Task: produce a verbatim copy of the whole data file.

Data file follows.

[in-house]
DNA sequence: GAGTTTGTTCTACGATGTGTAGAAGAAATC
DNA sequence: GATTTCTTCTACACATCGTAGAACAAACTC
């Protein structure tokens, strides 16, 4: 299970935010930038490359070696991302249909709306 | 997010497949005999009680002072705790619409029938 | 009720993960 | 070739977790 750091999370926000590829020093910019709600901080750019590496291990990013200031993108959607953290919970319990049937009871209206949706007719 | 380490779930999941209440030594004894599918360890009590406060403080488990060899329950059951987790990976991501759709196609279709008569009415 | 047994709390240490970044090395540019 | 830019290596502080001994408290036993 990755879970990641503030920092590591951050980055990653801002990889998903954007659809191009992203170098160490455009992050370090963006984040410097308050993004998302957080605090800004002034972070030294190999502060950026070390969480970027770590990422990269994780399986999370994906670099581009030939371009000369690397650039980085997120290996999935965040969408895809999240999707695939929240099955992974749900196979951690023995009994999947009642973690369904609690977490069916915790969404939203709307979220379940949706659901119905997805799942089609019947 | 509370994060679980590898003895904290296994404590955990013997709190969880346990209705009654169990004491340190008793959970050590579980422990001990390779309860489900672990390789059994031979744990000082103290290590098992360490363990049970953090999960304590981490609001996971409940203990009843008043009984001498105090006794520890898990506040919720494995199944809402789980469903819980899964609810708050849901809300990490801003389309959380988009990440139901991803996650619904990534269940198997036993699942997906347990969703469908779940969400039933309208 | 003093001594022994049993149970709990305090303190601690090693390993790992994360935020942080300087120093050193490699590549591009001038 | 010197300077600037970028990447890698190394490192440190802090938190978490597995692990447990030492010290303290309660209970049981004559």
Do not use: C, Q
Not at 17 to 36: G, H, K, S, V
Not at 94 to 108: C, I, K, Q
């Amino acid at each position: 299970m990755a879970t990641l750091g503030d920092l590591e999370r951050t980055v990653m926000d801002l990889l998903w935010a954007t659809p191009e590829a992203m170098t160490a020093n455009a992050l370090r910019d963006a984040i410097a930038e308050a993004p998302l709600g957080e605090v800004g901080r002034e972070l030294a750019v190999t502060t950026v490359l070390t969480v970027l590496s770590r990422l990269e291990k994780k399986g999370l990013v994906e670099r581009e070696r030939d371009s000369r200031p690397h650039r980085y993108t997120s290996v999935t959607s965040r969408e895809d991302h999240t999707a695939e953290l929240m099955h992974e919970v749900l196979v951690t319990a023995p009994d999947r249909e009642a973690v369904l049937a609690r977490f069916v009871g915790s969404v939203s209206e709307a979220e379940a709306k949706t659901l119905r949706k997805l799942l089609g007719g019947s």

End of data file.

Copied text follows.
[in-house]
DNA sequence: GAGTTTGTTCTACGATGTGTAGAAGAAATC
DNA sequence: GATTTCTTCTACACATCGTAGAACAAACTC
């Protein structure tokens, strides 16, 4: 299970935010930038490359070696991302249909709306 | 997010497949005999009680002072705790619409029938 | 009720993960 | 070739977790 750091999370926000590829020093910019709600901080750019590496291990990013200031993108959607953290919970319990049937009871209206949706007719 | 380490779930999941209440030594004894599918360890009590406060403080488990060899329950059951987790990976991501759709196609279709008569009415 | 047994709390240490970044090395540019 | 830019290596502080001994408290036993 990755879970990641503030920092590591951050980055990653801002990889998903954007659809191009992203170098160490455009992050370090963006984040410097308050993004998302957080605090800004002034972070030294190999502060950026070390969480970027770590990422990269994780399986999370994906670099581009030939371009000369690397650039980085997120290996999935965040969408895809999240999707695939929240099955992974749900196979951690023995009994999947009642973690369904609690977490069916915790969404939203709307979220379940949706659901119905997805799942089609019947 | 509370994060679980590898003895904290296994404590955990013997709190969880346990209705009654169990004491340190008793959970050590579980422990001990390779309860489900672990390789059994031979744990000082103290290590098992360490363990049970953090999960304590981490609001996971409940203990009843008043009984001498105090006794520890898990506040919720494995199944809402789980469903819980899964609810708050849901809300990490801003389309959380988009990440139901991803996650619904990534269940198997036993699942997906347990969703469908779940969400039933309208 | 003093001594022994049993149970709990305090303190601690090693390993790992994360935020942080300087120093050193490699590549591009001038 | 010197300077600037970028990447890698190394490192440190802090938190978490597995692990447990030492010290303290309660209970049981004559």
Do not use: C, Q
Not at 17 to 36: G, H, K, S, V
Not at 94 to 108: C, I, K, Q
């Amino acid at each position: 299970m990755a879970t990641l750091g503030d920092l590591e999370r951050t980055v990653m926000d801002l990889l998903w935010a954007t659809p191009e590829a992203m170098t160490a020093n455009a992050l370090r910019d963006a984040i410097a930038e308050a993004p998302l709600g957080e605090v800004g901080r002034e972070l030294a750019v190999t502060t950026v490359l070390t969480v970027l590496s770590r990422l990269e291990k994780k399986g999370l990013v994906e670099r581009e070696r030939d371009s000369r200031p690397h650039r980085y993108t997120s290996v999935t959607s965040r969408e895809d991302h999240t999707a695939e953290l929240m099955h992974e919970v749900l196979v951690t319990a023995p009994d999947r249909e009642a973690v369904l049937a609690r977490f069916v009871g915790s969404v939203s209206e709307a979220e379940a709306k949706t659901l119905r949706k997805l799942l089609g007719g019947s």